Doyle comes from an Irish surname, an Anglicized form of Ó Dubhghaill meaning "descendant of Dubhghall", Dubhgall (Dougal) meaning "dark stranger", composed of dubh (dark, black) and ghall (foreigner, stranger). Origin: Proto-Indo-European Variants: Dougal (Scottish, Irish) Dubhgall (Scottish Gaelic)  


Drury comes from an Anglo-Norman surname via Old French word druerie meaning "love". In Middle English, druerie was used to signify a token of love or affection between sweethearts. It seems to derive from a Germanic source. Origin: Germanic  


Dewey is an English male name, possibly a variant spelling of Dewi, which is the Welsh form of David meaning "beloved" from Hebrew. As a surname, Dewey could be a variant of Douai, the name of a place in France; it's also possible that it could be derived from French du (of) and gué (ford) meaning "of the ford". It's also …


Devontae is a modern English name (of primarily African-American use), an elaborated form of Devon, the name of a county in England which derives its name from a Celtic tribe who inhabited the area, known as the Dumnonii, made up from Proto-Celtic *dubno- meaning “deep” or “world” and *nanto meaning “stream” or “valley” so the name would mean “deep valley” or “deep …


Delaware is the name of a U.S. state as well as several other places in the U.S. as well as the name of a Native American tribe (also known as the Lenape). The name comes from Thomas West, the 3rd Baron of De La Warr. The name De La Warr is an English surname (of Norman origin), …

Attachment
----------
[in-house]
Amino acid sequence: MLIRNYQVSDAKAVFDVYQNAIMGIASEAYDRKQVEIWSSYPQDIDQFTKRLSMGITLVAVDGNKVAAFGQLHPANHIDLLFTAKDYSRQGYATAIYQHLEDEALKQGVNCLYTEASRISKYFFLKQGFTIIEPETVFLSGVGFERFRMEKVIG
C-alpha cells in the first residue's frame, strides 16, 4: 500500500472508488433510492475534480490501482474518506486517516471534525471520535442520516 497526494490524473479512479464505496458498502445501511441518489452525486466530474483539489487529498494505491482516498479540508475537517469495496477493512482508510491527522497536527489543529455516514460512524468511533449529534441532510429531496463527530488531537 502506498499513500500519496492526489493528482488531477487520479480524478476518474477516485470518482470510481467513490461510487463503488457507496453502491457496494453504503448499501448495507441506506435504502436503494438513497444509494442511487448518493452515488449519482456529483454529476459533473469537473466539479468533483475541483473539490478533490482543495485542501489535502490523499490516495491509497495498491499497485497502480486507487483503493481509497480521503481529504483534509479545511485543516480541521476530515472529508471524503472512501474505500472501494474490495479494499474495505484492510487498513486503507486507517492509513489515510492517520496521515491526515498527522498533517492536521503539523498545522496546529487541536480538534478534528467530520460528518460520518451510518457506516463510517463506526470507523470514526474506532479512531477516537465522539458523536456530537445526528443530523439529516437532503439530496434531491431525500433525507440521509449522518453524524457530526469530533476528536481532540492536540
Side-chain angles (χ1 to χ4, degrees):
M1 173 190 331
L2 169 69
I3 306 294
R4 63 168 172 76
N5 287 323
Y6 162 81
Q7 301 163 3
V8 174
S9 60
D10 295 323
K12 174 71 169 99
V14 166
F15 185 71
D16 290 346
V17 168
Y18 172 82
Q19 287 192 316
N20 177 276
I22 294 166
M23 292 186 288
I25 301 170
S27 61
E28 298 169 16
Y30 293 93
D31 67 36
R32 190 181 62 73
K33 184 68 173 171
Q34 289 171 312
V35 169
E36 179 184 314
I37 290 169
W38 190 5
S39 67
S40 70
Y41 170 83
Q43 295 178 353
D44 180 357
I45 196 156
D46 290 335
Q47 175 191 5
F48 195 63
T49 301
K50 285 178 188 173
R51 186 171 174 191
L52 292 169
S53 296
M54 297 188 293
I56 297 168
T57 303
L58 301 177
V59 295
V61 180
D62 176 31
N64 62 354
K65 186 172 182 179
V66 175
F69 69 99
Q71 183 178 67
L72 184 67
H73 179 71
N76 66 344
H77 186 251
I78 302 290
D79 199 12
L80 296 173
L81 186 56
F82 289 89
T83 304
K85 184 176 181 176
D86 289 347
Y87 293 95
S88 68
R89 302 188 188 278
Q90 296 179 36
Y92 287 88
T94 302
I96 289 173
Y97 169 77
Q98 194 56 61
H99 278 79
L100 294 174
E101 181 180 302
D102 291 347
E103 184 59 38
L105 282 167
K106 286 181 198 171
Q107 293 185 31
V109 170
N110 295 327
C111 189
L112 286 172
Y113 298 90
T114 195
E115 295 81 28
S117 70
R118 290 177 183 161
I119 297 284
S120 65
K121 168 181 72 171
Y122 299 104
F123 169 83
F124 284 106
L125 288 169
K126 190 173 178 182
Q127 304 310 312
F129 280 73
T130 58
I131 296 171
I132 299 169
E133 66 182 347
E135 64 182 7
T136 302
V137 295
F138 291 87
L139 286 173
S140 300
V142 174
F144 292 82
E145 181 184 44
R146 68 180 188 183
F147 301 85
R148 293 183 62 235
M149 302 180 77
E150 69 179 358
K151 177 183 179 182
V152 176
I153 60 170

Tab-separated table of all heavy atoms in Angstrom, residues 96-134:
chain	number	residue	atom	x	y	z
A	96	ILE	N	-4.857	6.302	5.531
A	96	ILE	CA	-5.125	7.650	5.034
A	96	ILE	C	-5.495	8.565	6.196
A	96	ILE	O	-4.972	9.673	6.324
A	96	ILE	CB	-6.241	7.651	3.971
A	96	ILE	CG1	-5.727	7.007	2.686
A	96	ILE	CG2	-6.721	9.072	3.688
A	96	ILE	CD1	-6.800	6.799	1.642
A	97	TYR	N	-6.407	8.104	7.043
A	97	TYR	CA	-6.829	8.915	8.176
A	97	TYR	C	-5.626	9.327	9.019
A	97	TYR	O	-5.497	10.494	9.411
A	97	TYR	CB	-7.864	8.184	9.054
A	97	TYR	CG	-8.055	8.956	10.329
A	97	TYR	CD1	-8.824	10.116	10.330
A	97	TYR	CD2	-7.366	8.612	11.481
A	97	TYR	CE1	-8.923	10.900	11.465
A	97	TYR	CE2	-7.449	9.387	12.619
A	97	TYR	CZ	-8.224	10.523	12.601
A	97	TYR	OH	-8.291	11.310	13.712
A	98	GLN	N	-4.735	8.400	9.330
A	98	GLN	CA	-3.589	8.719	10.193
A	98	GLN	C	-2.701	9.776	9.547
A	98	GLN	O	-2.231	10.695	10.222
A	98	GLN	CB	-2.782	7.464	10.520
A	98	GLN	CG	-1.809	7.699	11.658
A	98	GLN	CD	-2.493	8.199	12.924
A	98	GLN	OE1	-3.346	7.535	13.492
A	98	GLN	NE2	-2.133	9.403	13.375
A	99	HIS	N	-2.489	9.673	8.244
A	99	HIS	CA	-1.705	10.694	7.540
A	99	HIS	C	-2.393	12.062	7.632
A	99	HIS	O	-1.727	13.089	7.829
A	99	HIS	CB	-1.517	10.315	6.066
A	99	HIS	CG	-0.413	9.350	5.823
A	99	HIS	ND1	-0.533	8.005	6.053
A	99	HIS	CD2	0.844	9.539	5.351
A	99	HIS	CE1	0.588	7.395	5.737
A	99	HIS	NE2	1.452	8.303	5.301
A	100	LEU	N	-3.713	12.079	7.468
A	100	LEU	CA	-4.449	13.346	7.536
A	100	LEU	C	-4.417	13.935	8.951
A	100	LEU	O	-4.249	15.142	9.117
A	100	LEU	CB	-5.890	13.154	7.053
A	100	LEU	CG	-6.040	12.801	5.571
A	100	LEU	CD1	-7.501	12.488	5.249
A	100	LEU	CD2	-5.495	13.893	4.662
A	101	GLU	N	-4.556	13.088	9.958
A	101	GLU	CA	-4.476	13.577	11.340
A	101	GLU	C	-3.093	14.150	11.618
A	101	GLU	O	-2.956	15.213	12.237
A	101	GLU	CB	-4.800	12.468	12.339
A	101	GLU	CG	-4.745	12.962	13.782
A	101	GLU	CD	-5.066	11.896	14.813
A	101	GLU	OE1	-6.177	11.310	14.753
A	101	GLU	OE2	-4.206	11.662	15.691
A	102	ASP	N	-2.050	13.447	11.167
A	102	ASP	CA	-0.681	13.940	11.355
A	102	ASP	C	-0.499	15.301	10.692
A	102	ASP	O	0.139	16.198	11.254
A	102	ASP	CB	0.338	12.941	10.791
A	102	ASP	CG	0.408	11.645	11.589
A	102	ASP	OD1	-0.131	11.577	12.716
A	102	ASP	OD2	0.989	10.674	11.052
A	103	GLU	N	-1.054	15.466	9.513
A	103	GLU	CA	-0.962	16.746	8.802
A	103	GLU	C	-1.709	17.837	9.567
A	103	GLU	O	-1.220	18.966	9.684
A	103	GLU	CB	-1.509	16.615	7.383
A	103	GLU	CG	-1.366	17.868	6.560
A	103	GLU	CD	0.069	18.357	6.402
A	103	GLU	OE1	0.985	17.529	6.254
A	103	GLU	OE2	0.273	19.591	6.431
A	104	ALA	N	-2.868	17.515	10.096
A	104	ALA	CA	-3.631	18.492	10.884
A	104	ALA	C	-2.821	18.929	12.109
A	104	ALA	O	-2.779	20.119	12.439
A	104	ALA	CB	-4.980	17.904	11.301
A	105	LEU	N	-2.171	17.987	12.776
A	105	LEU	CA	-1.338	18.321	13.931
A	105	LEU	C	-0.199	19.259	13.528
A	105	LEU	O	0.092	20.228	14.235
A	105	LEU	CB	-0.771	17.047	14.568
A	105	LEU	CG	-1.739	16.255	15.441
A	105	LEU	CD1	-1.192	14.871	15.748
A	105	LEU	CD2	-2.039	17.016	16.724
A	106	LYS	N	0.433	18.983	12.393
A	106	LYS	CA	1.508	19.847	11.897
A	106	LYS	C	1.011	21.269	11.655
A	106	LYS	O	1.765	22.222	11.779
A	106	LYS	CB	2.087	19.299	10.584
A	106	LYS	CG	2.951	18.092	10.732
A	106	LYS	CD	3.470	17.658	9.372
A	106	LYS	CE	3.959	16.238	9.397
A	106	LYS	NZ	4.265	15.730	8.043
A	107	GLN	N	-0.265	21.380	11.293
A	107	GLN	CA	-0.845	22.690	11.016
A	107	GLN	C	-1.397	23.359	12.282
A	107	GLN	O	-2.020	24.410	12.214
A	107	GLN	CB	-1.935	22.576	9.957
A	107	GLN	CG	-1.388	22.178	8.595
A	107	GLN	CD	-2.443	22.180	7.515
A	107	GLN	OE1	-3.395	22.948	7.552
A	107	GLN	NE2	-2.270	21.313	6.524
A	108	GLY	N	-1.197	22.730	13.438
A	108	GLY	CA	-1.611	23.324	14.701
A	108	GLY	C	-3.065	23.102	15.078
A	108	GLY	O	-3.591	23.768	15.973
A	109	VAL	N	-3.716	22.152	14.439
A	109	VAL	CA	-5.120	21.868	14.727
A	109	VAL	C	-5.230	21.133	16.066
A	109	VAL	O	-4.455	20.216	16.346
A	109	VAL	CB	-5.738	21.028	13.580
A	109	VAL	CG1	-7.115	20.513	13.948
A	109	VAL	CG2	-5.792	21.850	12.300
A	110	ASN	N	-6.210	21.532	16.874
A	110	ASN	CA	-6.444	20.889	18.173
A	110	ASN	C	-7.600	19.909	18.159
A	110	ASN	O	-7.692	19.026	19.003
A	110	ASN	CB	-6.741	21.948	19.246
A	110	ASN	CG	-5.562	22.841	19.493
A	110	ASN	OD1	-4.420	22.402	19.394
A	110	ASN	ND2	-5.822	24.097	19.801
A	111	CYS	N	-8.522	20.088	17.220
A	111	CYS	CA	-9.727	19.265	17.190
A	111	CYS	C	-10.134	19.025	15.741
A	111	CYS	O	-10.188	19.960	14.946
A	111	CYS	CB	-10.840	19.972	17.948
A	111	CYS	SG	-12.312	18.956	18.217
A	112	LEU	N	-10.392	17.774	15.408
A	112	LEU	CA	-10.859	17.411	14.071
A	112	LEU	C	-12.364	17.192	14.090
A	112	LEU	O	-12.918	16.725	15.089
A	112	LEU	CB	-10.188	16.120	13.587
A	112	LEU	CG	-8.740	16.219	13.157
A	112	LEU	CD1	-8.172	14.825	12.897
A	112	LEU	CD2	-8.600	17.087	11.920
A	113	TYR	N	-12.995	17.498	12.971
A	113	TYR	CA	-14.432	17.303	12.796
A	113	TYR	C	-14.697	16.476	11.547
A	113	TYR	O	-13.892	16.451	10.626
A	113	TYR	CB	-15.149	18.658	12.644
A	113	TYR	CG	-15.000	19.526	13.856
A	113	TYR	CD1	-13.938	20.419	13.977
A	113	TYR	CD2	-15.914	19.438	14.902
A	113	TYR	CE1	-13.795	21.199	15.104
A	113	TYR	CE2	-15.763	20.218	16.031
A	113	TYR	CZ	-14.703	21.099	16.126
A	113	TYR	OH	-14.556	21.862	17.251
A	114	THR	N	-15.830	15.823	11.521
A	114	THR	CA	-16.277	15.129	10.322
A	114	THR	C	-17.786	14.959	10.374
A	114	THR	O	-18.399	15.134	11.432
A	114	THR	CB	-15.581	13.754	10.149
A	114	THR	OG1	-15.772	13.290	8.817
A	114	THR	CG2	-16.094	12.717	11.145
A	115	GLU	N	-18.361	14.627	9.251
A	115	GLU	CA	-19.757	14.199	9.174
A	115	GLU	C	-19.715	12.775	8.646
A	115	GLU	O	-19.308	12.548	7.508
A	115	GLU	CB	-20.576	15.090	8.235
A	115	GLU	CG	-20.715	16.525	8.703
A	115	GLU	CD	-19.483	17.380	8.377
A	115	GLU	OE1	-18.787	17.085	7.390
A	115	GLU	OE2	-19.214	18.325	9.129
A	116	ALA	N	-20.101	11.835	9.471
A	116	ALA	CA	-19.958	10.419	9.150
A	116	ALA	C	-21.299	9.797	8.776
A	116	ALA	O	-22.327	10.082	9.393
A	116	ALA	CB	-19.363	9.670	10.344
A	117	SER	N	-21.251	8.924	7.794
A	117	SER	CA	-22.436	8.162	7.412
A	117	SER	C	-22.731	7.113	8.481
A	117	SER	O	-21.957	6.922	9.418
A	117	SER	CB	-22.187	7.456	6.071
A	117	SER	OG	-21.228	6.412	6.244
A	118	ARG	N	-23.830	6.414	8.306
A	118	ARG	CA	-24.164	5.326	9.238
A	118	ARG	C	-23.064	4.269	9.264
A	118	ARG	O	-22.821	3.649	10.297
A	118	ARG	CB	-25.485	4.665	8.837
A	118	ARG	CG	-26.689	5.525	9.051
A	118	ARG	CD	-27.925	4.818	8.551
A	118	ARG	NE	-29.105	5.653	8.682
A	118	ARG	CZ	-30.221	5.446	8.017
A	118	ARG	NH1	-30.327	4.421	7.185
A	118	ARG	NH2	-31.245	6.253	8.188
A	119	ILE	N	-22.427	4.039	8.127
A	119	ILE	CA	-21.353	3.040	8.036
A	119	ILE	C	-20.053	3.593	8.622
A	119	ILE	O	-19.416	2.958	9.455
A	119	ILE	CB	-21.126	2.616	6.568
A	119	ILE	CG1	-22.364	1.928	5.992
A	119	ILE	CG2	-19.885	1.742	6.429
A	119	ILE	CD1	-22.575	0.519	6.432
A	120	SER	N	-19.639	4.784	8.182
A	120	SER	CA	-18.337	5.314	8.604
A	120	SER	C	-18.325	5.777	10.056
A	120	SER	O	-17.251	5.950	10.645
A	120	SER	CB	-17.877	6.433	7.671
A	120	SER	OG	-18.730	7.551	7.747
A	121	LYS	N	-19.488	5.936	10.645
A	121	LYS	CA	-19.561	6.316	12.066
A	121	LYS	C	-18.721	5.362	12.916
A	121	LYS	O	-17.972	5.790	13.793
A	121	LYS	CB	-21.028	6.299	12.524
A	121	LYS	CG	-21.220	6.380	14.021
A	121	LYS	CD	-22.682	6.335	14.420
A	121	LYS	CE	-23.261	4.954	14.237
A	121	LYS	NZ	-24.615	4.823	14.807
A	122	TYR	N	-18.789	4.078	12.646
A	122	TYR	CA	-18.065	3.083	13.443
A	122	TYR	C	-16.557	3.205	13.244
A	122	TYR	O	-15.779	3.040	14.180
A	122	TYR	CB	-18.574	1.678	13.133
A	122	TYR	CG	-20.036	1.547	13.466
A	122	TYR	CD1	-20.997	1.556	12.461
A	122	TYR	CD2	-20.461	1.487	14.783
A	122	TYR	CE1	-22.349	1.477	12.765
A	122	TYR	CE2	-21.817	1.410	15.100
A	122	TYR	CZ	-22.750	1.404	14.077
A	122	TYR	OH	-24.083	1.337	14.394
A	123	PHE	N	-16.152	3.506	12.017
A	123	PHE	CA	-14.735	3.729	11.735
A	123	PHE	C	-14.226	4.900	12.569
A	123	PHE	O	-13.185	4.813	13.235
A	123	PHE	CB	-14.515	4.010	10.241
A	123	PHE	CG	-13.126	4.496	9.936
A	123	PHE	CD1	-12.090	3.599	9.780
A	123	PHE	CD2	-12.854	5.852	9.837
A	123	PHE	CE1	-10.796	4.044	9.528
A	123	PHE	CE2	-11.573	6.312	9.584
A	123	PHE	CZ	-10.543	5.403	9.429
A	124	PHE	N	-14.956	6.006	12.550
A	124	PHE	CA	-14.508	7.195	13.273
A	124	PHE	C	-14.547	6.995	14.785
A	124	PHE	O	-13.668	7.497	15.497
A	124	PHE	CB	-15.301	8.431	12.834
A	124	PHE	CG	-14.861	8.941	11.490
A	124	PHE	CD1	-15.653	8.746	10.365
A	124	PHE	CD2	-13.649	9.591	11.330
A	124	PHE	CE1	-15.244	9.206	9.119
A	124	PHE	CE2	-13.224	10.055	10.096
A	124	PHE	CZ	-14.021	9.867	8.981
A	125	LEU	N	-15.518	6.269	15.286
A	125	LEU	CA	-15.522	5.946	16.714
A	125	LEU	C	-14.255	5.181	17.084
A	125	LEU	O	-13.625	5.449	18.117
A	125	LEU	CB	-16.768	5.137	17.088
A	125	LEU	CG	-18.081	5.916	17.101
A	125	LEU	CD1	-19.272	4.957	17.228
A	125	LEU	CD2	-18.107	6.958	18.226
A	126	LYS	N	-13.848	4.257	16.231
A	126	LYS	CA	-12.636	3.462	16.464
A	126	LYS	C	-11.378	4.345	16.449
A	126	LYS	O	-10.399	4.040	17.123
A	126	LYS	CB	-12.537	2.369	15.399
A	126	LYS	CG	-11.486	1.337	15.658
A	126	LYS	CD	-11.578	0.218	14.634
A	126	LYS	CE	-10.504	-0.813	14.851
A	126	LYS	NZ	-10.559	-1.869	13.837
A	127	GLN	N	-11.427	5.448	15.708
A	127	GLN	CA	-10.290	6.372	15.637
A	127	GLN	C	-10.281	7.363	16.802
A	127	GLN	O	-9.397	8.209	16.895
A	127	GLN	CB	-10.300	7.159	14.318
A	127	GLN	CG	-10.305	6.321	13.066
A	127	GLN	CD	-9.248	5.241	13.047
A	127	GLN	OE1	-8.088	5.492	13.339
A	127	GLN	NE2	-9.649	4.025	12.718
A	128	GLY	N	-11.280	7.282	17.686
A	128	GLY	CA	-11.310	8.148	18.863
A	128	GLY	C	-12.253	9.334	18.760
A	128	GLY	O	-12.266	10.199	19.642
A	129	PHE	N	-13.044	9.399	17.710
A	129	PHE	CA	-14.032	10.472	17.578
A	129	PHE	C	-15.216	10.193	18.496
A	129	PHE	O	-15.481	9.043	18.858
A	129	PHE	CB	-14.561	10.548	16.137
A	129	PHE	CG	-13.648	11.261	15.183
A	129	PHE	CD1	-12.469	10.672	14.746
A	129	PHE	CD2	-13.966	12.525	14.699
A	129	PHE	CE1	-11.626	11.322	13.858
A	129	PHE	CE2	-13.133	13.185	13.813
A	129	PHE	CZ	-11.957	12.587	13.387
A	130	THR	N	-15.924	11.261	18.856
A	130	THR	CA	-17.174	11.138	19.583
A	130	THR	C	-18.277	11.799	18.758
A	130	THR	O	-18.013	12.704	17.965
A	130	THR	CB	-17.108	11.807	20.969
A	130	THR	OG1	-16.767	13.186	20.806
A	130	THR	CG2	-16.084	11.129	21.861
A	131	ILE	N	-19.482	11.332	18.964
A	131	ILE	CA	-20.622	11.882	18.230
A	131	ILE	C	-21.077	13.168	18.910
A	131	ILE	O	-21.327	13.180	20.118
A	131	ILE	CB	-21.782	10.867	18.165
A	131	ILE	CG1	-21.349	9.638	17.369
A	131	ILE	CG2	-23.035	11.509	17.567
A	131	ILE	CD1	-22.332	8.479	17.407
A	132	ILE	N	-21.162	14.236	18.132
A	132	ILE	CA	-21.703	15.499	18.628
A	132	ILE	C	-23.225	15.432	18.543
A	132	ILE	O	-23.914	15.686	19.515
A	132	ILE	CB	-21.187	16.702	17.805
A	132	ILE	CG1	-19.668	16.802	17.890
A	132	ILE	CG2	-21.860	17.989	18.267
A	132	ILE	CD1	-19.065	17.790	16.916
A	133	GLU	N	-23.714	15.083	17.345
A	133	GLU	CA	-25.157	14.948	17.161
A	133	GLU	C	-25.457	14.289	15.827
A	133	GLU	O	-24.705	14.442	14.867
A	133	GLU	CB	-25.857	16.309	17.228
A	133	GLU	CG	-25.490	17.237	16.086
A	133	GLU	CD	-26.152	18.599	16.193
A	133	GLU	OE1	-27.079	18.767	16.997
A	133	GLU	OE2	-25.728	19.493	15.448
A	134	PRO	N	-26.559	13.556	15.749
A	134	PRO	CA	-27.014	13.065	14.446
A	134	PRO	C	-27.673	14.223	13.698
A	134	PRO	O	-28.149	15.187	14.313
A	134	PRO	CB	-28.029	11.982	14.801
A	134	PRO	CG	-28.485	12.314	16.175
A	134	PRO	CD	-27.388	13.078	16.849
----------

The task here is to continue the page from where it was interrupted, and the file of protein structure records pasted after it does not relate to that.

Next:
Demetrius is the Latinized form of Ancient Greek Demetrios, itself the masculine form of Demeter, the name of the Greek goddess of agriculture and the mother of Persephone. Though the etymology behind the name is uncertain, the second element of the name is from Greek meter meaning “mother”. The first part of the name is a little tricky. It could be linked …


Dunstan comes from an Anglo-Saxon name meaning "dark stone" or "black stone", made up from Old English elements dunn (brown; dark, bleak) and stan (stone). It's also an English surname originating as a locational name for someone who came from a place called Dunstan. Origin: Proto-Indo-European  


Davis comes from an English surname, a patronymic name derived from the given name David, meaning "beloved" from Hebrew. Origin: Hebrew  


Dorrity comes from an Irish surname, an anglicized form of O'Dochartairgh meaning "descendant of Dochartach", the latter a male given name originally given as a nickname,  made up of do- (impossible; ill, evil) and cartach (not loving) essentially meaning "hurtful", "obstructive", or "stern". Nicknames: Dorr, Dorie Origin: Proto-Indo-European    


Dirk is a Low German and Dutch short form of Diederik, which is the Dutch form of Theodoric, a Germanic name meaning “ruler of the people” composed from Proto-Germanic elements *þeudō (people, nation) and *rīks (king, ruler) both of which derive from a PIE root word. Dirk is also the name of a type of dagger which originated with the Scots …


Dutch comes from a surname, an anglicized spelling of Germanic Deutsch meaning "German", an archaic term that was once used to refer to the German people as a whole; it's now more commonly used to refer to the inhabitant of the Netherlands. Origin: Proto-Indo-European    


Dexter comes from an English surname, an occupational name originally used for a female dyer though it's been commonly used as a male given name. Dexter is also a Latin word meaning "right; on the right side" as well as meaning "skillful; adroit" via Latin dextera (right hand) deriving from PIE *deḱs- “right (opposite left) or essentially south”. Nicknames: Dex …